Through this pronouncement in Wong, the Supreme Court has “made plain that most time bars are nonjurisdictional.” Id. Statutes of limitations remain “important.” Id. The Supreme Court recognized, however, that “framed in mandatory terms, ” and even “emphatically expressed, ” statutes of limitations still “do not deprive a court of authority to hear a case.” Id. The Supreme Court characterized statutes of limitation more properly as claim processing rules that do not restrict a court's inherent power to hear a case. Id. (quoting Henderson v. Shinseki, 562 U.S. 428, 435 (2011)).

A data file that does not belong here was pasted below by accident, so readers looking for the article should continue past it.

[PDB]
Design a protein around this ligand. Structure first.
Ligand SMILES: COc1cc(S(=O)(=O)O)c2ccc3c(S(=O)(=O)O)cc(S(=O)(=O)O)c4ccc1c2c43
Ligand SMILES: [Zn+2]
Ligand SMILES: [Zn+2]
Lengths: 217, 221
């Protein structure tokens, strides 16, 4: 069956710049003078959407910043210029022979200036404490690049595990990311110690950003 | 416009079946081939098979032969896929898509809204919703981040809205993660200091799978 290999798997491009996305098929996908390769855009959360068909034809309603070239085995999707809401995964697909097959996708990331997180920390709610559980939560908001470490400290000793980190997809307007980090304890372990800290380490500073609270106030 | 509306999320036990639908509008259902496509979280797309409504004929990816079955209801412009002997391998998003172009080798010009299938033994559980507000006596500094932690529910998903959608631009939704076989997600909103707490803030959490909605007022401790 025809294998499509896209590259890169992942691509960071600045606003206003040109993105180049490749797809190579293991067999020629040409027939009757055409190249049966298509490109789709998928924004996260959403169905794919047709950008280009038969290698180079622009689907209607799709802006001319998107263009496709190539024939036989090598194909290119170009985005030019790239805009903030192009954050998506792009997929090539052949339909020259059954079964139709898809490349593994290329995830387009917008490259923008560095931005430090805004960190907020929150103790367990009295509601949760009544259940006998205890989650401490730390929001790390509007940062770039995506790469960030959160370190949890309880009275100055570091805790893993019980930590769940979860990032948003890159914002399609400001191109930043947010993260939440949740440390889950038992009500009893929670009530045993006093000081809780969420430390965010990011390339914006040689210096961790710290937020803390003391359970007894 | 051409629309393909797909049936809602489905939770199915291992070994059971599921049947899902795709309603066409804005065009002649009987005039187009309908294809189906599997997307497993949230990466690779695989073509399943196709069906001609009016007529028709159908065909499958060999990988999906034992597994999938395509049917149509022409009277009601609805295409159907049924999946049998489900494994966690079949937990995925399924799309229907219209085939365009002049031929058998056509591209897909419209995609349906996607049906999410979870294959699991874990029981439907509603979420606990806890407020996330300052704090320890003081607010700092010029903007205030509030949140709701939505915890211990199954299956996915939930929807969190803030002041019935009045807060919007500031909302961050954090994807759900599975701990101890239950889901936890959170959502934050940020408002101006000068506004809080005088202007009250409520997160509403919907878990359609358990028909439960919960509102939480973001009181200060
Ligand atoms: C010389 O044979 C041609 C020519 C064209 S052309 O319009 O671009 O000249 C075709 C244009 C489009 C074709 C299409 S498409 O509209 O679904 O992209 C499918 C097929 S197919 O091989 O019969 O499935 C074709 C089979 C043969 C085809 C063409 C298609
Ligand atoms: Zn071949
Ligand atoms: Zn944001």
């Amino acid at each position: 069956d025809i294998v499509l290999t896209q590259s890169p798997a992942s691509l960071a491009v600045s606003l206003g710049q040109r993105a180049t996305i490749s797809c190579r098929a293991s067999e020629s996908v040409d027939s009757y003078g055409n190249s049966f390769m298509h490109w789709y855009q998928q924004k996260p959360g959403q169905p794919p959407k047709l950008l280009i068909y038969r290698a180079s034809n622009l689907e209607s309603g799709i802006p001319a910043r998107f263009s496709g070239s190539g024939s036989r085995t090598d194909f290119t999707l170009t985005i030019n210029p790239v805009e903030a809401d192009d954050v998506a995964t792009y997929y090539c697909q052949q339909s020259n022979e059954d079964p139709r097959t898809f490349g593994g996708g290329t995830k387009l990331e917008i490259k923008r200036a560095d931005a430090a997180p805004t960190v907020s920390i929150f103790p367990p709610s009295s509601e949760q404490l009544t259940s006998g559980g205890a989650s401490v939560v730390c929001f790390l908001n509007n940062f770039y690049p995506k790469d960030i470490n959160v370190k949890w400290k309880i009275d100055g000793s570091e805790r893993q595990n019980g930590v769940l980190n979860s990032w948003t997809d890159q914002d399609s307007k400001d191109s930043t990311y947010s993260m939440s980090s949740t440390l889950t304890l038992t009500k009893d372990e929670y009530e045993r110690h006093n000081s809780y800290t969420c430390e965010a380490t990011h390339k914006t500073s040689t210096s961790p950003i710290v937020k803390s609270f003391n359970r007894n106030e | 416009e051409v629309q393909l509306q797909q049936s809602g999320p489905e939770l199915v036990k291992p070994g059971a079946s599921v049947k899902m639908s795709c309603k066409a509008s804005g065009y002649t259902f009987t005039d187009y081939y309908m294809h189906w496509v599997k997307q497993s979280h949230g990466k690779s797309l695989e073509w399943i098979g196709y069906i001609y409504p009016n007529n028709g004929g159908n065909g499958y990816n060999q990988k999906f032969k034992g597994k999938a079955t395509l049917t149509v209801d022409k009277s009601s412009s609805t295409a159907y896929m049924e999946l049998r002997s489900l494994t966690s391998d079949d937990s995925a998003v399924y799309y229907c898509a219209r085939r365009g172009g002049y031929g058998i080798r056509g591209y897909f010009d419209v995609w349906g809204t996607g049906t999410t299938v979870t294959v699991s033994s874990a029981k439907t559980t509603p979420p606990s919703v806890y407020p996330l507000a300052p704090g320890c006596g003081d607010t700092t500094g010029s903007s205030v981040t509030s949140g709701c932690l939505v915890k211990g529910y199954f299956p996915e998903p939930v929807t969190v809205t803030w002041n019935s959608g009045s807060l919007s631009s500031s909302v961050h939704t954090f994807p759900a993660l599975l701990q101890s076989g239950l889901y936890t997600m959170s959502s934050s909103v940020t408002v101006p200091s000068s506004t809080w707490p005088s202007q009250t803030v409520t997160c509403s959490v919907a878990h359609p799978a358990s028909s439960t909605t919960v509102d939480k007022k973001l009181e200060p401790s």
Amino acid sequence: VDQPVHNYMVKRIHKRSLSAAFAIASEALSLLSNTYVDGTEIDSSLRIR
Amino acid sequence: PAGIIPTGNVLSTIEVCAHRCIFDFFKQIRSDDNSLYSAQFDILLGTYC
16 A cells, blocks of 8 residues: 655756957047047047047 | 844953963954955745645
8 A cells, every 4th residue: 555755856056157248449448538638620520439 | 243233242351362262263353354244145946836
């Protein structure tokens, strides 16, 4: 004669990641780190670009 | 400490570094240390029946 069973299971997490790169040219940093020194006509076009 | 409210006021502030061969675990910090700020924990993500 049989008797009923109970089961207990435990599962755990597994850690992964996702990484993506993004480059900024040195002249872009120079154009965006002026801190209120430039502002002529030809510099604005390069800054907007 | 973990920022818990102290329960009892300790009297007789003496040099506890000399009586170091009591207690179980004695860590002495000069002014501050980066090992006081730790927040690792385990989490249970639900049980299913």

Courts have wrestled with the impact of Wong. The Eleventh Circuit concluded that the statute of limitations in the QTA prove jurisdictional, even in light of Wong. F.E.B. Corp. v. United States,818 F.3d 681, 685 n.3 (11th Cir. 2016). Other courts have reached the opposite conclusion. Payne v. United States Bureau of Reclamation, 2017 WL 6819927, at *2 (C.D. Calif. Aug. 15, 2017). The Sixth Circuit in Herr v. United States Forest Service,803 F.3d 809 (6th Cir. 2015), recognized, in light of Wong, that the statute of limitations in 28 U.S.C. ยง 2401(a) imposed no jurisdictional barrier to ...